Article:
Understandable though this is, it bugged me, so I took my fate into my own hands and performed a little hack: I'd learned that you could set the windows to be the same size regardless of which view you selected. I used the hack instructions (see Set Identical iCal Window Sizes) and came out with a unified view that was the best thing for my interface since Uno.
Switching views is easy: Three buttons at the bottom allow a quick click switch. But iCal is also pretty keyboard-command ready: cmd-1, -2, and -3 let you switch between day, week, or month views, respectively.
Also, notice that you can change more specifically what you are viewing: In the Preferences pane, specify the length of your work week and workday, including when your day begins and ends. You may also choose how many hours are displayed at once. (Hint: you can also change the number of hours viewed in real-time by holding down the "option" key while scrolling the wheel on your mouse. Thanks to Tim Gaden for this tip.)
The Mini Calendar
Users will find the "mini-month" calendars helpful to keep open in all three views. These small calendars offer two quick navigation helpers: first, and most obviously, they allow you to quickly move from the date(s) currently in view to another day, week, or month - and since they include arrows (at the top) that let you scroll through the months quickly, you can jump ahead or back with relative ease.
The other handy nav-helper is the button with the diamond icon in the middle, between the scroll arrows: This button automatically jumps to the current date, so after you're done looking ahead for your vacation time in six months or back to the meetings you already spent on that topic, you can easily return to the current date. (I remember Entourage requiring a couple of clicks and a menu to accomplish this simple task!)
By the way, you can also do this by keyboard-command: command-T will jump to today, while shift-command-T will allow you to select a date to jump to. Command + a left or right arrow will move to previous or next view, be it day, week, or month.
Other information tools are available through basic buttons: Joining the "mini-month" activation button, the standard "plus" button adds new calendars, and another button (the one that looks like an in box) replaces the mini-month view with a "notifications" view. I'd like it if you could show both mini-months and notifications, but for some reason Apple doesn't offer that. As a result, I leave notifications always off.
On the other side of the window, you'll find three more buttons: The first, which looks like it could be a task-list, actually toggles the view for search results; Spotlight works quite well within iCal, and searches are efficiently displayed in a small box at the bottom - and easily hidden. (An aside: Despite the mixed feelings that many have about Spotlight, my finding is that it works extremely effectively when utilized within an application that employs it. To wit, none of the reflections on Spotlight's shortcomings have spoken negatively about this.)
The second button, with a "push-pin" icon, reveals or hides the to-do list. (I'll discuss to-do lists in detail next week.) My biggest complaint here: Why not use the list-like button for to-do items and the more familiar magnifying-glass icon for the search?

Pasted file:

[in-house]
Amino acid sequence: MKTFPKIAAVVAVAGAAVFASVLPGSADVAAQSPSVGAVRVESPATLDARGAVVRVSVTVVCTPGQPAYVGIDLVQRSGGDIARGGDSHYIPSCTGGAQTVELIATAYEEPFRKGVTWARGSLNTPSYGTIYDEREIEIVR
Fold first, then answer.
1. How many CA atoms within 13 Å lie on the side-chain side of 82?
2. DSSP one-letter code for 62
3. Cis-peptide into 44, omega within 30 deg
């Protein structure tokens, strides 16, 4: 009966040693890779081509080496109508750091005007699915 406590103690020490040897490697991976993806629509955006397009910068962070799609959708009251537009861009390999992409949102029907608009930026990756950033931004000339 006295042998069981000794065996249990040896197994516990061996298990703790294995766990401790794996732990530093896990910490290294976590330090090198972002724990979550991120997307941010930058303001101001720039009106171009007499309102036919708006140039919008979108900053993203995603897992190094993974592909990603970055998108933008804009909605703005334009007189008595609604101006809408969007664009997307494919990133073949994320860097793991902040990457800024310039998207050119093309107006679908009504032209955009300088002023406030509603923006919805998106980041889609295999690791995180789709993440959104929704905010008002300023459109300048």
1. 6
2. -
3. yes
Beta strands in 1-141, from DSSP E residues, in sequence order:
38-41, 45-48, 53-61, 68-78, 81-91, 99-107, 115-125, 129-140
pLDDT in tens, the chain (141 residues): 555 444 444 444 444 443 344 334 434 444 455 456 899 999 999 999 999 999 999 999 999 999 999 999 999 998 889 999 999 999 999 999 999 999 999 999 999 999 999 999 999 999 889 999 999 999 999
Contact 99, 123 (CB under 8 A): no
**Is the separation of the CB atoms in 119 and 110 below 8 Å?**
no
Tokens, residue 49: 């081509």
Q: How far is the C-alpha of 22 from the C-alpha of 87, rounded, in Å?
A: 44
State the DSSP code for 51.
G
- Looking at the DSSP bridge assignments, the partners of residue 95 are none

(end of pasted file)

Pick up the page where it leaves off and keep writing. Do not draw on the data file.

The last button reveals the "info" window/drawer, which I'll address in more detail in a future article. You can select which you prefer: If it shows up as a drawer (the default, I believe) and you prefer a window, select "Detach Info" from the Window menu. The reverse is also true - "Attach Window" will be the option to return it to drawer status.
Personally, I prefer the drawer, and I keep it open all the time in all views. I have also resized the drawer to be as narrow as possible (which you can do, also, without a hack - even though the usual three lines are absent from the lower right-hand corner, you can still grab it with your mouse and drag it to resize).
I've maximized my window to fill the screen. On my 12" iBook, this gives me full display of as much information as possible, and it's just about right. Would I keep it smaller if I had a larger screen? Probably not; I like to have as much information in view as I can.
iCal Weaknesses and Add-ons
iCal has a few fairly significant weak spots. One that many complain about is the inability to give each event an alarm by default. Since I don't use alarms very much, I don't find this a problem; I think I would quickly get annoyed if this was the default. If you would prefer it, however, there's a helpful tool called iCalFix that changes this to add an alarm to every event by default.
As usual, there are some nifty doodads that are available to soup up your iCal. iCalMail will let you schedule a message to be emailed at a specified time. iCalViewer lets you display your iCal contents on your desktop - I tried this for a while, but I didn't care for it much. I do like the Dashboard widget called iCal Events, which does a great job of displaying upcoming events.
Users of older versions who are frustrated by the lack of birthday transfer from Address Book will be glad for the tool called iCal Birthday Shifter. (iCal version 2.x, which ships with OS X 10.4.x "Tiger", will find that Address Book already supports this feature.)
And those in need of Microsoft Exchange compatibility for calendar-sharing will, perhaps, find Snerdware's GroupCal (US$55) a helpful option. (Be warned, however: A reader reports that some of Snerdware's products are not currently compatible with the latest version of OS X, v.10.4.x.)
Check back next week when I discuss task and project management in iCal and other applications.